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Auto majors feel the credit crunch, shut down plants

Nov 07, 2008 10:15 PM IST Business Business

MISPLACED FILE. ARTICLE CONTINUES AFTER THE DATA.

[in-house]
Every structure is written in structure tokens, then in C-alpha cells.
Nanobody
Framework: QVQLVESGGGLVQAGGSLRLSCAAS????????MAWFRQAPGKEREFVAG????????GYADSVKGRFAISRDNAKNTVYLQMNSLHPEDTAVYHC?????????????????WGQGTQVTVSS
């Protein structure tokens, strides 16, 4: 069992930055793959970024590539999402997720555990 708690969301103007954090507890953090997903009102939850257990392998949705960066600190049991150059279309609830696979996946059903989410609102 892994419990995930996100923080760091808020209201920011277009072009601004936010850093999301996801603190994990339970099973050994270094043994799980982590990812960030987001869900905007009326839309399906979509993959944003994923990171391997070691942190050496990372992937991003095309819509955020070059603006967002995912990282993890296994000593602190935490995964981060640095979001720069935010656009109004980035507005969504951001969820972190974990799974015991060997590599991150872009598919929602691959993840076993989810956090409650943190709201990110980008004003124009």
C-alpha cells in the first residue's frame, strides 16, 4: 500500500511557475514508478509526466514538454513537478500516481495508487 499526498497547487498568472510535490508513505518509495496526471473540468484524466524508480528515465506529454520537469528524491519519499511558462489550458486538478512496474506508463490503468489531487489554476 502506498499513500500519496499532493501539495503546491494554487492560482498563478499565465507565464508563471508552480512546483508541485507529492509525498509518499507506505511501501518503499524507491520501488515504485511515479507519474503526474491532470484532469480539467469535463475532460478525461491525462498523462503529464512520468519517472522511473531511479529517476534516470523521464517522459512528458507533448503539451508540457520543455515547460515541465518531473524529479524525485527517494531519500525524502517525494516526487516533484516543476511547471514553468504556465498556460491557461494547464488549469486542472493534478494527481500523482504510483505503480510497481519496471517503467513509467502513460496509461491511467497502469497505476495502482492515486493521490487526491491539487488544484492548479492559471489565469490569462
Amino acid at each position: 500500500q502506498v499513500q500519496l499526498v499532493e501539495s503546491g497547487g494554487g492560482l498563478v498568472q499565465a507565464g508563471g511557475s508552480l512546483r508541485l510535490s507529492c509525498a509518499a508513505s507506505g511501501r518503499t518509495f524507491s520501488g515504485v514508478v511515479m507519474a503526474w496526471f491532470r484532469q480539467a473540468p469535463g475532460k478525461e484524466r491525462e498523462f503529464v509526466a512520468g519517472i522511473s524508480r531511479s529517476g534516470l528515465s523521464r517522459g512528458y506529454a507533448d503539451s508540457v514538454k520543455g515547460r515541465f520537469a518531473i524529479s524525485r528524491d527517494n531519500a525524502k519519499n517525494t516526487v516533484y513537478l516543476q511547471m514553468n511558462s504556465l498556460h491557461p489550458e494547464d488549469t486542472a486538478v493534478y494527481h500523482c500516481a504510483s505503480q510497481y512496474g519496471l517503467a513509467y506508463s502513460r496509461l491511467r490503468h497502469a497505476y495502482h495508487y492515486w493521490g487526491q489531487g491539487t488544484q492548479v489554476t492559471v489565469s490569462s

New Delhi: The timing could not have been more worse for the Audi R8, for the luxurious sports car hits the Indian market at a time when the country’s automobile sector is battling a slowdown in demand and cutting down output. While, Ashok Leyland — India's second largest maker of trucks, buses and other commercial vehicles by sales — has decided to shut down its Hosur and Ennore plants for 12 days each in November and December, Tata Motors is in the middle of a three-day shutdown of its Jamshedpur plant. The automobile giant also plans to shut its Pune production line for a week. Analysts predict that things could get worse. “It will be doubly difficult now to reverse this trend because the sentiments are bad. You have stock market going one way and currencies the other. That has led to bad global sentiments. Unless we adopt a proactive approach, we will not be able to get out of this crisis,” says director-general, Society of Indian Automobile Manufacturers (SIAM), Dilip Chenoy. Ashok Leyland — whose sales in October halved — blames difficulty in availing loans and high interest rates for this trend. The sales slowdown is forcing manufacturers to cut down on expansion plans. “I don’t think in this economic environment, anybody is looking at. So we'll see that Capex will go down by 60-70 per cent over the next couple of years,” CMD, TVS Suzuki, Venu Srinivasan says. The cascading effect of the crunch is being felt by manufacturers of automobile components as well. With payments delayed and loans difficult to secure, component makers are cutting down production and laying off people. The sector — which expects business to drop by a third in November and December — has already started pressing the panic buttons. It has asked the government for a two-three year relief in duties and taxes in order to survive.